An Amazigh proverb says, “An event that is not immortalized by poetry is as if it did not happen.” The inhabitants of the village of Imider in the southeast of Morocco believe in this saying and represent it in their daily life and struggle. After the mine activity in their area, which is the largest silver mine in Africa, caused a scarcity of groundwater needed to grow almond trees, these farmers have been peacefully fighting for eight years to preserve their fragile oasis and their right to land and life. As for their means of struggle, they are: theater, poetry, and singing, and this documentary was directed by Nader Bouhmouch in cooperation with the inhabitants of Imider. In front of a more powerful opponent, this protest movement clings to its resilience, the capacity for creativity, its yearning for justice and its belief in it, a belief that even the security forces cannot extinguish.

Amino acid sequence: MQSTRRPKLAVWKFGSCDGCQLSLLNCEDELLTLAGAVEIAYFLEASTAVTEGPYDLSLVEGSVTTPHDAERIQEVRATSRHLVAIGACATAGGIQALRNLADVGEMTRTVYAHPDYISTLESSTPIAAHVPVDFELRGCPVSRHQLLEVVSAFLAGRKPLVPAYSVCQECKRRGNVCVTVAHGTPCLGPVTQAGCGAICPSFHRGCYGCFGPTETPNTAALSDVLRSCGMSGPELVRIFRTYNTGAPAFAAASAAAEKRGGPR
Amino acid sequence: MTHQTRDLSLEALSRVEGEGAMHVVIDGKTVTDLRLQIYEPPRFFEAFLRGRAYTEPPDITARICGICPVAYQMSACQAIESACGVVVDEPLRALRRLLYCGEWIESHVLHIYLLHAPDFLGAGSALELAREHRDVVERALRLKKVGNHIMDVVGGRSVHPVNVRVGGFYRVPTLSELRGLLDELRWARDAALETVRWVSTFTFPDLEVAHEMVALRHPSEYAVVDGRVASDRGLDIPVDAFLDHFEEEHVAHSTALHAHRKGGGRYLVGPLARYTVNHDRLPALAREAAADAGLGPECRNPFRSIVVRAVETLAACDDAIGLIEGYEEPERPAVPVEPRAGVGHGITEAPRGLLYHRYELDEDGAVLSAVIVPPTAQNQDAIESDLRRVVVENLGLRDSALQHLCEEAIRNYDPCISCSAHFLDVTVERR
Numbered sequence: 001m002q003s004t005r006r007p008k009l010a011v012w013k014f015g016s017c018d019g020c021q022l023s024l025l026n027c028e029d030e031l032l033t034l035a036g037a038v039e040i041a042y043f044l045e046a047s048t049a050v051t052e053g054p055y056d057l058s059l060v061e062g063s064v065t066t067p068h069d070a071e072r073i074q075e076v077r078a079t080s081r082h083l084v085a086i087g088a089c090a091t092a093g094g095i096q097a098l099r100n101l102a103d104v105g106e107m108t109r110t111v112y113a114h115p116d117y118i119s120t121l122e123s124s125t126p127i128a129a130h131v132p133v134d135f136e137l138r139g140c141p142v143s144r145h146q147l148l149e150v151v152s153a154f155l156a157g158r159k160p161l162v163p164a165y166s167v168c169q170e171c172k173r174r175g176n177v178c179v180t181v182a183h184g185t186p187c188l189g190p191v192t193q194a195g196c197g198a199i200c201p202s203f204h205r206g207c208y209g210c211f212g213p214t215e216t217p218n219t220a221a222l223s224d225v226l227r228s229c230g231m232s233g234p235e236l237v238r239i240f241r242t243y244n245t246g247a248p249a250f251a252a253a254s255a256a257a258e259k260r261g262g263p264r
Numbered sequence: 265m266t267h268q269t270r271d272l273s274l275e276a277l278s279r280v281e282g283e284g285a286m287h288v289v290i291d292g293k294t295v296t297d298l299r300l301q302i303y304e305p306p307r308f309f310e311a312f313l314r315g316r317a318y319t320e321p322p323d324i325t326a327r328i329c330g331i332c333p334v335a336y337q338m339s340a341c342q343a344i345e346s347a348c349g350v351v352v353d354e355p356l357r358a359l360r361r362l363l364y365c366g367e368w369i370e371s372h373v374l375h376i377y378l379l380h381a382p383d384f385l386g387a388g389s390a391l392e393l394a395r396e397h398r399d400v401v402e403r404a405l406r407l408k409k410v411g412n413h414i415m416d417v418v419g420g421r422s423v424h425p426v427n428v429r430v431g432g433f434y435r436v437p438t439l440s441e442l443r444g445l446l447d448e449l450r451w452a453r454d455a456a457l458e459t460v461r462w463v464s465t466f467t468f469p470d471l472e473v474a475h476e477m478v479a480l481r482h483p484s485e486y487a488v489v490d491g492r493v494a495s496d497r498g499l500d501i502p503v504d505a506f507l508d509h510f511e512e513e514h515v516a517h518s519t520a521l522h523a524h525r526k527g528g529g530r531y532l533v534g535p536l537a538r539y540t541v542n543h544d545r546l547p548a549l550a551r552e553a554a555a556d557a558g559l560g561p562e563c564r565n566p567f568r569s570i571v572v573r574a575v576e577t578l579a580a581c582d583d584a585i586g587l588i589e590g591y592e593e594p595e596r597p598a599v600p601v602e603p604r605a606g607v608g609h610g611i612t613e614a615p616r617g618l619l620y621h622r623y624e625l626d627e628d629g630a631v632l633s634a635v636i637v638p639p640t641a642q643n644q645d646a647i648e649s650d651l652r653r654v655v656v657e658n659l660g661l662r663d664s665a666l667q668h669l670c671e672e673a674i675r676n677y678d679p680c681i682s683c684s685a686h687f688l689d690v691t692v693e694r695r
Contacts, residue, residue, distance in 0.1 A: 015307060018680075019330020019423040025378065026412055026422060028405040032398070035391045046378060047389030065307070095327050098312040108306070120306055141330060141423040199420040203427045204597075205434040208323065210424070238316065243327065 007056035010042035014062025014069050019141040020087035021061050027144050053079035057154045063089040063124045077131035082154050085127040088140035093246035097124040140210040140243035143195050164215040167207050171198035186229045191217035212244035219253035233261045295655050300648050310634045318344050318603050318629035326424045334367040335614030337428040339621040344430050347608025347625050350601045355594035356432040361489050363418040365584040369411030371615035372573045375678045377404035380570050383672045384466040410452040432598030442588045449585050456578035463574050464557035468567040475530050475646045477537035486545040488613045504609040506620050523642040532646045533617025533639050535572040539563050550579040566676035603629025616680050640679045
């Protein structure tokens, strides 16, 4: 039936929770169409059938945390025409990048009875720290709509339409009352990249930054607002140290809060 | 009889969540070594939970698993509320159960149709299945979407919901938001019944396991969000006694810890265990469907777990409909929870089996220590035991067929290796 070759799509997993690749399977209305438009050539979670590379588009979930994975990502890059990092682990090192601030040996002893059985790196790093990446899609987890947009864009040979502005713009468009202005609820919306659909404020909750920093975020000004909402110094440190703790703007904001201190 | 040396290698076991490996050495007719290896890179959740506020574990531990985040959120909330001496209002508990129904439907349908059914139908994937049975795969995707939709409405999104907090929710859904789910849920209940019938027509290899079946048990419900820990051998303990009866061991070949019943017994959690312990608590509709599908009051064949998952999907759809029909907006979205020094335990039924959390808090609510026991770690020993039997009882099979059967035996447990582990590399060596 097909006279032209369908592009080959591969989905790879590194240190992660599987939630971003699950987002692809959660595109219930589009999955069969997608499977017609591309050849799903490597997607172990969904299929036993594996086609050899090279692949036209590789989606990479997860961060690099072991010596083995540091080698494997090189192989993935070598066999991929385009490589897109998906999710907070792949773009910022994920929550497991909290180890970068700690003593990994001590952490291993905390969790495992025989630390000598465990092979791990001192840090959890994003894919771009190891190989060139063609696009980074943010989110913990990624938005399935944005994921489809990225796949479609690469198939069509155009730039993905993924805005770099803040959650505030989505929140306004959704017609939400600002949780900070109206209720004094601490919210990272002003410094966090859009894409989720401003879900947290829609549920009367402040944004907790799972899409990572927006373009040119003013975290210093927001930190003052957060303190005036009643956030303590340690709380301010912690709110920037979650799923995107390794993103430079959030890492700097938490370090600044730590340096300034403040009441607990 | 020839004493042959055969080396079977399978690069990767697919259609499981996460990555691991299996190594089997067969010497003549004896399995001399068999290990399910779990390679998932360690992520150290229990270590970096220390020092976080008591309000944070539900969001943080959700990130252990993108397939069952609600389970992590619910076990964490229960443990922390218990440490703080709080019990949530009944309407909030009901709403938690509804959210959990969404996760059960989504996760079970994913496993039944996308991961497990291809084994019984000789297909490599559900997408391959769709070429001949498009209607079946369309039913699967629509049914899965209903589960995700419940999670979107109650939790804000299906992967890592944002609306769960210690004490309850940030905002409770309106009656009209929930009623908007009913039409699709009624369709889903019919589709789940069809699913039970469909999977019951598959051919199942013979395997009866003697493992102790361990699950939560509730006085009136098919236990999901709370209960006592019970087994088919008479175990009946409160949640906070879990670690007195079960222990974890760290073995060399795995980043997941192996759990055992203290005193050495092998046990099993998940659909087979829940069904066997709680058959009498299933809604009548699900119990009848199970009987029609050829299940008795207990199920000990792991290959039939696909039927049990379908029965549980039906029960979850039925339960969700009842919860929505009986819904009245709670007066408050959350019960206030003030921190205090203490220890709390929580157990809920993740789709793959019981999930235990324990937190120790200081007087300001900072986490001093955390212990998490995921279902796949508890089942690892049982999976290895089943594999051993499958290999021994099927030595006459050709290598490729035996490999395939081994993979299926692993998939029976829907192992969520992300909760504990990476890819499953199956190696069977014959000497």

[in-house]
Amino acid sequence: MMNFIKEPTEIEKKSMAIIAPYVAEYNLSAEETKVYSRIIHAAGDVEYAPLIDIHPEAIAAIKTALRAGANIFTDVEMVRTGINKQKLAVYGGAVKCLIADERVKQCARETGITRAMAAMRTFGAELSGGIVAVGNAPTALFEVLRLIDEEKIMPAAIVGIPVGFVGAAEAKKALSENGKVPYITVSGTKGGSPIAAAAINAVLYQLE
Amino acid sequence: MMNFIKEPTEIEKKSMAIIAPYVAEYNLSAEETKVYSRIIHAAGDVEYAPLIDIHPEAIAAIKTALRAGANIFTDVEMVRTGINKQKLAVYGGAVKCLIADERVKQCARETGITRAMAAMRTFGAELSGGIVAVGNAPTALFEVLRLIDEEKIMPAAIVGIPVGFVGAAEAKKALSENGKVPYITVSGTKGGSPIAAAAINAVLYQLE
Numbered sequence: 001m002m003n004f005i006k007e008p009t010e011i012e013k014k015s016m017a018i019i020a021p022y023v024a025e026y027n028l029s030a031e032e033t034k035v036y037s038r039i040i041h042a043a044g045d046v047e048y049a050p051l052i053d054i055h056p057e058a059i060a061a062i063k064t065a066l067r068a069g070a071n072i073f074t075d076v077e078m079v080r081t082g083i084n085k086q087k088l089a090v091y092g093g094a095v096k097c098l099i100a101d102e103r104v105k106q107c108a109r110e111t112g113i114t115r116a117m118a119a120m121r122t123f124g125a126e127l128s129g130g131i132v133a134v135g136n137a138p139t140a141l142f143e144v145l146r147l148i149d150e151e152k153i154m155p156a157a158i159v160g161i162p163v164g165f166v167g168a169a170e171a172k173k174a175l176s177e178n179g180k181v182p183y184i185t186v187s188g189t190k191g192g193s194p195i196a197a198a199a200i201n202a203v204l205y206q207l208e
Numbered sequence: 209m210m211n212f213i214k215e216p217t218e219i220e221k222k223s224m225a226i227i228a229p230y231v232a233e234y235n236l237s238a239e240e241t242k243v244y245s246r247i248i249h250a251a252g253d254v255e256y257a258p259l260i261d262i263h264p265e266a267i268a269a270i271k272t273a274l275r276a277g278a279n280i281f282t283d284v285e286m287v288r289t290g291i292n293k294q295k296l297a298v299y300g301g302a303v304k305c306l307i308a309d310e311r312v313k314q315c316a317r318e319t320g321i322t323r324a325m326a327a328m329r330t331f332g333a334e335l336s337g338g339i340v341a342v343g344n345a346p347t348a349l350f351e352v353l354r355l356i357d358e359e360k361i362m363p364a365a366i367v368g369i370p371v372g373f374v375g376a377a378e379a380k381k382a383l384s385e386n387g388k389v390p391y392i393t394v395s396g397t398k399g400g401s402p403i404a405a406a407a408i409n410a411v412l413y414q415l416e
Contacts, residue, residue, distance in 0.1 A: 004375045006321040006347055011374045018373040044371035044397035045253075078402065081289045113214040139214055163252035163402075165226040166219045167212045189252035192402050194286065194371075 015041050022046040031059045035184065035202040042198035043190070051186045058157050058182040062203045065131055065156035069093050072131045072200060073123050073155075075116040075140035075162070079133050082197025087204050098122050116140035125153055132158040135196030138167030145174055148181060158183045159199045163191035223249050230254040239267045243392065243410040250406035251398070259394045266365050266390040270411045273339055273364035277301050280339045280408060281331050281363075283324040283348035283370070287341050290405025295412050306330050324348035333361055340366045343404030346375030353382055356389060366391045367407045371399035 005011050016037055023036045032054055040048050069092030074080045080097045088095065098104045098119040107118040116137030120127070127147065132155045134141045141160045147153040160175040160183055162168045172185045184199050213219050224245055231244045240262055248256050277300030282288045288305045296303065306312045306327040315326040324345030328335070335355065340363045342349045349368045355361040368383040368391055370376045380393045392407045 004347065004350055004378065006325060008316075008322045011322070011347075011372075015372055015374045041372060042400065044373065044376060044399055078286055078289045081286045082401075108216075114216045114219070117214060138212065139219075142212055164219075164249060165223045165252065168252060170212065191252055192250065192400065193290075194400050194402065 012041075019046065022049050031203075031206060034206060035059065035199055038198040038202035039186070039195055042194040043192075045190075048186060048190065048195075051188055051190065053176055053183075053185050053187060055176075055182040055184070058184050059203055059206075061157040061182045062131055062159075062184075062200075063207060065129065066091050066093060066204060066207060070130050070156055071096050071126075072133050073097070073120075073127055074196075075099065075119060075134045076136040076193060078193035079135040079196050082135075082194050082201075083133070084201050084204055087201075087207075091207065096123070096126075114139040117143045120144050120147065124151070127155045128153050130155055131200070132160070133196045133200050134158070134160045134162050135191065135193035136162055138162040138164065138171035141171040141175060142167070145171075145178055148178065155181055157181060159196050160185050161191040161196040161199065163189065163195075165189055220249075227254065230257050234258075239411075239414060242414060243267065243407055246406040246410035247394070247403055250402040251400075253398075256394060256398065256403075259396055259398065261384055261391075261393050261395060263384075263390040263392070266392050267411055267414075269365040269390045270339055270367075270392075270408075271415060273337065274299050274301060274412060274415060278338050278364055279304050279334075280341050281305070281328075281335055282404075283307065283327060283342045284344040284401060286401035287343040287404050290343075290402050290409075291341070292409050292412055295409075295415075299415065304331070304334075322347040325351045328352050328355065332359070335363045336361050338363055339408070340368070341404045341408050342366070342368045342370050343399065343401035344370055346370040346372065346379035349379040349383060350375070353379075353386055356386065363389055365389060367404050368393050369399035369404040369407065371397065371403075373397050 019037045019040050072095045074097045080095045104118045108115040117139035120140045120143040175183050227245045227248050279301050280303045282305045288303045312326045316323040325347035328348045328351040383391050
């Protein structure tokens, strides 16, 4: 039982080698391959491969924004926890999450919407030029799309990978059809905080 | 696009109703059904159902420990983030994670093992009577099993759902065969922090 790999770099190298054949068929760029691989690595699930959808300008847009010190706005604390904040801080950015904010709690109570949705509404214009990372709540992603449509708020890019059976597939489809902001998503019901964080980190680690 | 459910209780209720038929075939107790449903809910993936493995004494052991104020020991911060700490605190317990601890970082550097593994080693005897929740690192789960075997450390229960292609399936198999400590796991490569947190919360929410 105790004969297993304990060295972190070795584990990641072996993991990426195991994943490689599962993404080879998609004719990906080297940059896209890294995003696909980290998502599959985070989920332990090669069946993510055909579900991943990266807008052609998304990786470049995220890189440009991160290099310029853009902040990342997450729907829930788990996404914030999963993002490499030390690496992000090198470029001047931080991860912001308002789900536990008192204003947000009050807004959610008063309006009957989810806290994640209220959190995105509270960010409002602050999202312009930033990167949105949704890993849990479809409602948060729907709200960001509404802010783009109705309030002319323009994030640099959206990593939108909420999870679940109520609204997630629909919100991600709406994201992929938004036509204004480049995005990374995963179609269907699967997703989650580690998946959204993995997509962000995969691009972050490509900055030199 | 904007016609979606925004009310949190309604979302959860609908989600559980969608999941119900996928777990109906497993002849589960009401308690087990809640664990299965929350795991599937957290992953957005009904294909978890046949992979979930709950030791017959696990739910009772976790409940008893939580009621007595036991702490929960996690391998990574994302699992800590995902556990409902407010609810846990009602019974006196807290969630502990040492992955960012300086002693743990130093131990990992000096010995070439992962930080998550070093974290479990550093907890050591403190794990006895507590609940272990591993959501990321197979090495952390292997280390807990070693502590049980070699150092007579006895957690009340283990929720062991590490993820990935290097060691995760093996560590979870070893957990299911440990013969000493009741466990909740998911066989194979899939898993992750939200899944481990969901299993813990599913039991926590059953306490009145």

Nader Bouhmouche, Moroccan director, scriptwriter, photographer and human rights activist, was born in Casablanca and grew up in Rabat. He studied at the University of San Diego in the United States of America, where he chairs the branch of Amnesty International “Amnesty International”. His latest film, “Amussu”, was shown at the Amsterdam International Documentary Film Festival.